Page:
The Definition of an Appraisal Management Company


Appraisal management firms, or AMCs, create a third-party layer between lenders and appraisers. They generally provide management services to lenders for a fee. The passage of H.R. 4173, known as the Dodd-Frank Financial Reform Bill of 2010, contains provisions about the function and regulation of AMCs. As of 2011, final rules and regulations surrounding the implementation of the legislation are not complete.

Historical Perspective

The use of AMCs gained steam as a result of the Truth in Lending Act, signed into law in 1968. The legislation intended to protect consumers from deceptive practices in lending services. The act was amended in 2008 to prohibit fraudulent practices in the appraisal industry that were widely blamed for contributing to the housing crisis. The act prohibits lenders and real estate brokers from exerting financial pressure--such as bribes or intimidation--on appraisers to report a pre-determined value merely to facilitate a loan closing. The act affirms the independence of appraisers to pursue an objective evaluation of a home’s market value in compliance with the appraisal standards set by the Appraisal Foundation.


The Dodd-Frank Wall Street Reform and Consumer Protection Act of 2010 defines an AMC as “an external third party” that manages a network of appraisers. If the organization manages 15 or more licensed appraisers within a state or 25 or more nationally, states must register and regulate their activities. The act exempts AMCs that are owned and administered by federally regulated banks. Under this exemption, large AMCs, such as Countrywide’s LandSafe AMC, will not fall subject to state regulation.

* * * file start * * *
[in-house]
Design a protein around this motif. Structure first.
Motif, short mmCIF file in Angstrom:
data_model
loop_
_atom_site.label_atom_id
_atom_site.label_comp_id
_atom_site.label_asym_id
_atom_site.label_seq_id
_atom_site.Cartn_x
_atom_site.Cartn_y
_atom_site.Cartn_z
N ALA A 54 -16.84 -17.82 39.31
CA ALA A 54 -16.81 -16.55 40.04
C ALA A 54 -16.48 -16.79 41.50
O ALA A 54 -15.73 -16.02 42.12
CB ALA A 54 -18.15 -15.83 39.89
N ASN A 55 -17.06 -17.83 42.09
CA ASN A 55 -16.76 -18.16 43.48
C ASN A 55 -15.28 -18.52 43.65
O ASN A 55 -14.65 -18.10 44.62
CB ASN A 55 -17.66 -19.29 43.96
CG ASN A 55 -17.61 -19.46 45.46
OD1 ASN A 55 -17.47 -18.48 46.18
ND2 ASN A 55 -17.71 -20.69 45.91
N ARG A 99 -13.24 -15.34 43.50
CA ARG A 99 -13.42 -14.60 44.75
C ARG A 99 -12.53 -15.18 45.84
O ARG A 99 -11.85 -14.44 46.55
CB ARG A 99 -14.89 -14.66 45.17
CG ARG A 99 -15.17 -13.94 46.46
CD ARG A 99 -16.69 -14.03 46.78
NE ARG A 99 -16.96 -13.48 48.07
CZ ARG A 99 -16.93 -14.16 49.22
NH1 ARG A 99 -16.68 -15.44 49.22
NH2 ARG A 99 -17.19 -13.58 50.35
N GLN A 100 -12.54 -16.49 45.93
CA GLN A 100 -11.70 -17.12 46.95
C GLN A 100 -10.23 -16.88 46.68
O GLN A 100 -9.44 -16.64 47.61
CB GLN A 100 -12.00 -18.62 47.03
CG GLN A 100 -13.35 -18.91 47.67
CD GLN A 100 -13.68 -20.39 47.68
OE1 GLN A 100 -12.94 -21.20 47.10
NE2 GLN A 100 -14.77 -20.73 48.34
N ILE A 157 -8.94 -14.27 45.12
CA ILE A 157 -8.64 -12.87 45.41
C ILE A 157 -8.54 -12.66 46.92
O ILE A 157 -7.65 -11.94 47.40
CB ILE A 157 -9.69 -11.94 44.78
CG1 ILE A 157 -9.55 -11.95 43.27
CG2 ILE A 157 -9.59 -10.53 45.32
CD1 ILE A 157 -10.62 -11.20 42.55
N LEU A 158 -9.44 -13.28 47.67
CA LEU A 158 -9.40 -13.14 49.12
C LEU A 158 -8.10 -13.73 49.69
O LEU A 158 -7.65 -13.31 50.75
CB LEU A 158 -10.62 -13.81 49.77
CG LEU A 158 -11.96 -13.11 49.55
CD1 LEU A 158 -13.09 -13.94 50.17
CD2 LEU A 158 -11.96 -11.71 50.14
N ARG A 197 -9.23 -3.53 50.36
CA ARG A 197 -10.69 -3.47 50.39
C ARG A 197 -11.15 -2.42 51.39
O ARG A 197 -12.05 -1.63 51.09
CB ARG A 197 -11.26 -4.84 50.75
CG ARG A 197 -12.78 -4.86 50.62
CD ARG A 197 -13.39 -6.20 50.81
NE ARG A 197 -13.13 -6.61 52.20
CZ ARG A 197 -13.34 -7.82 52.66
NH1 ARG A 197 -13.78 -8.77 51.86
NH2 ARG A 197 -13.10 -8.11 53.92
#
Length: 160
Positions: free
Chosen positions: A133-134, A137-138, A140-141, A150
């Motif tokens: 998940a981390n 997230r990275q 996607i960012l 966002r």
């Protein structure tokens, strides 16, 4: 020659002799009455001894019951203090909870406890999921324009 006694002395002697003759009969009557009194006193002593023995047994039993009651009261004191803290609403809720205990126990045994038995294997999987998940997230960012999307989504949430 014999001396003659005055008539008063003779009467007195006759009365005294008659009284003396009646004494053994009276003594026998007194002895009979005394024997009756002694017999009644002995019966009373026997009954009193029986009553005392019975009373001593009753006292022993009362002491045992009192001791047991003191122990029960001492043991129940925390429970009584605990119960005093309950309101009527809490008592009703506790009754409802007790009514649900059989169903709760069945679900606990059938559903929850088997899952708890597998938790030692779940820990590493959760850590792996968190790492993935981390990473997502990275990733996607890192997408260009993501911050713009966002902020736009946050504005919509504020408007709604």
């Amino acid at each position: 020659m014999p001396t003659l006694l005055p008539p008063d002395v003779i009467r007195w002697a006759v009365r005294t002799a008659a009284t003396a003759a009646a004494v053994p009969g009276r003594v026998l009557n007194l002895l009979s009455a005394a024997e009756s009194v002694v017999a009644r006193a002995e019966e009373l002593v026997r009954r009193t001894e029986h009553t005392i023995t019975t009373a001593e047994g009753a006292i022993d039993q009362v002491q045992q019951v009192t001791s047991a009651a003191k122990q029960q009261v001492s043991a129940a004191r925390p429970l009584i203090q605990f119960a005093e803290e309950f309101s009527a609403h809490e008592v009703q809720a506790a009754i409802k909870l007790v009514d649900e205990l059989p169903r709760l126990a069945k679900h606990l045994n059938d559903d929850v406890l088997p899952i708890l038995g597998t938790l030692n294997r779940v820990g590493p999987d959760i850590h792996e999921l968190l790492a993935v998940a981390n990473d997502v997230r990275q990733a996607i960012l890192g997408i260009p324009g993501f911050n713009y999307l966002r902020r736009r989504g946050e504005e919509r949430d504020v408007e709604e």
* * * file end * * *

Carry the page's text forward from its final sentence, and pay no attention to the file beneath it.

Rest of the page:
AMCs remove the administrative processes of appraisal management from the lender’s control. For a fee, the AMC recruits appraisers, contracts with them to perform appraisals, manages the appraisal process, pays the appraisers and reviews their work. The regulations prevent mortgage brokers or real estate agents from selecting or paying an appraiser if the appraiser’s report will be used for lending purposes.


The Dodd-Frank definition does not necessarily define all appraisal management activities, according to the Title/Appraisal Vendor Management Association, or TAVMA. Some financial institutions have in-house divisions that perform appraisal management activities. Even some appraisal firms can blur the definitive lines between the appraisal process and the appraisal management process. Some large appraisal firms act on behalf of a lending institution as a third party, assigning appraisals to a team of independent appraisers. TAVMA distinguishes between appraisal firms and AMCs by suggesting that an AMC typically will provide additional services to lenders, such as flood reports, titling and closing services.

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